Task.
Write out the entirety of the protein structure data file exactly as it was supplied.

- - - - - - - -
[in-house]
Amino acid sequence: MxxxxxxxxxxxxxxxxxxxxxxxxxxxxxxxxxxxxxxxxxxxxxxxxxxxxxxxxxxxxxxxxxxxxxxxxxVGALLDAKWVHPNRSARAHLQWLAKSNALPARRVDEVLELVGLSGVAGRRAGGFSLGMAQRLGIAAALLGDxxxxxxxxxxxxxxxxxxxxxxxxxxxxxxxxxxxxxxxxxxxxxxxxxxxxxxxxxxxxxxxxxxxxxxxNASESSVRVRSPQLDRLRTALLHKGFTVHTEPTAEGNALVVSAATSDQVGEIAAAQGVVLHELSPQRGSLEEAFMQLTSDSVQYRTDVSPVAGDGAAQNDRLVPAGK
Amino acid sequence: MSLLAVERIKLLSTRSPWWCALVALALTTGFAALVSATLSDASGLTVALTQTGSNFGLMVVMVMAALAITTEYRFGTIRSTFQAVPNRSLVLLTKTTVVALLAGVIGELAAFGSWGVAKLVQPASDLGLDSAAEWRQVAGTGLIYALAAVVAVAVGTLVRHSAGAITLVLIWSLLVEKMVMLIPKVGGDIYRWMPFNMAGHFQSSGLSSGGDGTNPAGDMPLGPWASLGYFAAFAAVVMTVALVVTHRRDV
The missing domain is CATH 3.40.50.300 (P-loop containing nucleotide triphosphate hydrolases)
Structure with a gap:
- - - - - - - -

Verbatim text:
[in-house]
Amino acid sequence: MxxxxxxxxxxxxxxxxxxxxxxxxxxxxxxxxxxxxxxxxxxxxxxxxxxxxxxxxxxxxxxxxxxxxxxxxxVGALLDAKWVHPNRSARAHLQWLAKSNALPARRVDEVLELVGLSGVAGRRAGGFSLGMAQRLGIAAALLGDxxxxxxxxxxxxxxxxxxxxxxxxxxxxxxxxxxxxxxxxxxxxxxxxxxxxxxxxxxxxxxxxxxxxxxxNASESSVRVRSPQLDRLRTALLHKGFTVHTEPTAEGNALVVSAATSDQVGEIAAAQGVVLHELSPQRGSLEEAFMQLTSDSVQYRTDVSPVAGDGAAQNDRLVPAGK
Amino acid sequence: MSLLAVERIKLLSTRSPWWCALVALALTTGFAALVSATLSDASGLTVALTQTGSNFGLMVVMVMAALAITTEYRFGTIRSTFQAVPNRSLVLLTKTTVVALLAGVIGELAAFGSWGVAKLVQPASDLGLDSAAEWRQVAGTGLIYALAAVVAVAVGTLVRHSAGAITLVLIWSLLVEKMVMLIPKVGGDIYRWMPFNMAGHFQSSGLSSGGDGTNPAGDMPLGPWASLGYFAAFAAVVMTVALVVTHRRDV
The missing domain is CATH 3.40.50.300 (P-loop containing nucleotide triphosphate hydrolases)
Structure with a gap: